19 July-8 Jan 2012. A collection of photographs by South African photographer Bryan Heseltine (1923-2008) sheds light on the daily lives of South Africans who lived about 60 years ago through the regime of legal racial segregation known as apartheid.
Heseltine's images were taken predominantly in the late 1940s and early 1950s and provide a glimpse of life in a number of townships and areas around Cape Town such as Windermere, the Bo-Kaap, District Six, Langa and Nyanga.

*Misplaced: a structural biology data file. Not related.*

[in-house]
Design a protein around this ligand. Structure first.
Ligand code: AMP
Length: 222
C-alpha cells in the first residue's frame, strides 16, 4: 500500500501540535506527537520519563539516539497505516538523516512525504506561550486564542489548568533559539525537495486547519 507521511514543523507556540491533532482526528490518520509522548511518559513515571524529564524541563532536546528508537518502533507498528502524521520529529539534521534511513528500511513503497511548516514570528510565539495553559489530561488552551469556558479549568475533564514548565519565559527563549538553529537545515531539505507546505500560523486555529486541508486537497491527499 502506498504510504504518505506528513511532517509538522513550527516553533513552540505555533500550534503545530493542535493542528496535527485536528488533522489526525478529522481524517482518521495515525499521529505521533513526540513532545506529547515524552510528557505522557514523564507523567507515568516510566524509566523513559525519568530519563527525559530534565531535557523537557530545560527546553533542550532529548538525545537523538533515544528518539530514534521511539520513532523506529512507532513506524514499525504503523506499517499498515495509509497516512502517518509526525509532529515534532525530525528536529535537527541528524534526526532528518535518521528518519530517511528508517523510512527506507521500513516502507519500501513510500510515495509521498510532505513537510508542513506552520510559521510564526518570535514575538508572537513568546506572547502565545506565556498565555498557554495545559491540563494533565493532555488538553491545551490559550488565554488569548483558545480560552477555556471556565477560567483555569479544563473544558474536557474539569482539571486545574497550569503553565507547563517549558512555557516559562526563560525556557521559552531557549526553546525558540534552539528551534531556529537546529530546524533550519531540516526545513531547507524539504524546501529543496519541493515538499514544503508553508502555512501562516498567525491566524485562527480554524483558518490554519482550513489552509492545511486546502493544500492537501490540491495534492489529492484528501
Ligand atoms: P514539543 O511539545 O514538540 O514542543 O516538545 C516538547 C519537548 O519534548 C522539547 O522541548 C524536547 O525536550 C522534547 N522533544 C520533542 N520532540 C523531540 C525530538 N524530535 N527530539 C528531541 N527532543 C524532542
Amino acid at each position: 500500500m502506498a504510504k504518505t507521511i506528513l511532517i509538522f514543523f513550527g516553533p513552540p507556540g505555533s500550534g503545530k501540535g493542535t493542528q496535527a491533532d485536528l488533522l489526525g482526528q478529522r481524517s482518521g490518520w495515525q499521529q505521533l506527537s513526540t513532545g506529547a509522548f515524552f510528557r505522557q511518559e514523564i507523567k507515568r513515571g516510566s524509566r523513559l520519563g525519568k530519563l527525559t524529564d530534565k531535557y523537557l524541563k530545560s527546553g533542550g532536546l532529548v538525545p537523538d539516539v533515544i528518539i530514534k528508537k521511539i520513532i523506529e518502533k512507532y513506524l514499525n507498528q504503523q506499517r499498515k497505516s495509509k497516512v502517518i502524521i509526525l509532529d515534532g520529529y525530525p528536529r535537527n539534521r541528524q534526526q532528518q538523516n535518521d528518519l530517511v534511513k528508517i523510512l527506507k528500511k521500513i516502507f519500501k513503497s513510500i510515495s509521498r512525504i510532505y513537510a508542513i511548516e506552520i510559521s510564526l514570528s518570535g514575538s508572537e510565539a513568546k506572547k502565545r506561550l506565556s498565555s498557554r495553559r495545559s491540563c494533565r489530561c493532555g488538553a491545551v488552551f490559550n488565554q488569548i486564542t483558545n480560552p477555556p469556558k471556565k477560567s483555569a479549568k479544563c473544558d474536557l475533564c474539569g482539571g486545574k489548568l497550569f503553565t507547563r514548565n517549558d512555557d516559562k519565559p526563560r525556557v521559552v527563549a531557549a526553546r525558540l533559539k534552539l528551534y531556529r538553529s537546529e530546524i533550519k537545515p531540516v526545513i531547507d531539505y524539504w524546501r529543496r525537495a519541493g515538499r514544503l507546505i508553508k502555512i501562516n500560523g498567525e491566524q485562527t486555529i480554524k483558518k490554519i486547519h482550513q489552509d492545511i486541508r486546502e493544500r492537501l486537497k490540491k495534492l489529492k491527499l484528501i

Enforced by the National Party government of South Africa between 1948 and 1994, apartheid saw the curtailment of the rights of the majority 'non-white' inhabitants of South Africa, with continuous minority rule by whites.
Displayed in public for the first time since the photographs were taken, the exhibition is held in collaboration with the Paul Mellon Centre for Studies of British Art and Birmingham City University.
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People Apart: Cape Town Survey 1952: Photographs by Bryan Heseltine
Tues-Sun. 10.00-16.30. Mon 12.00-16.30 Pitt Rivers Museum, Parks Road, Oxford OX1 3PW, tel. +44(0)1865 270927.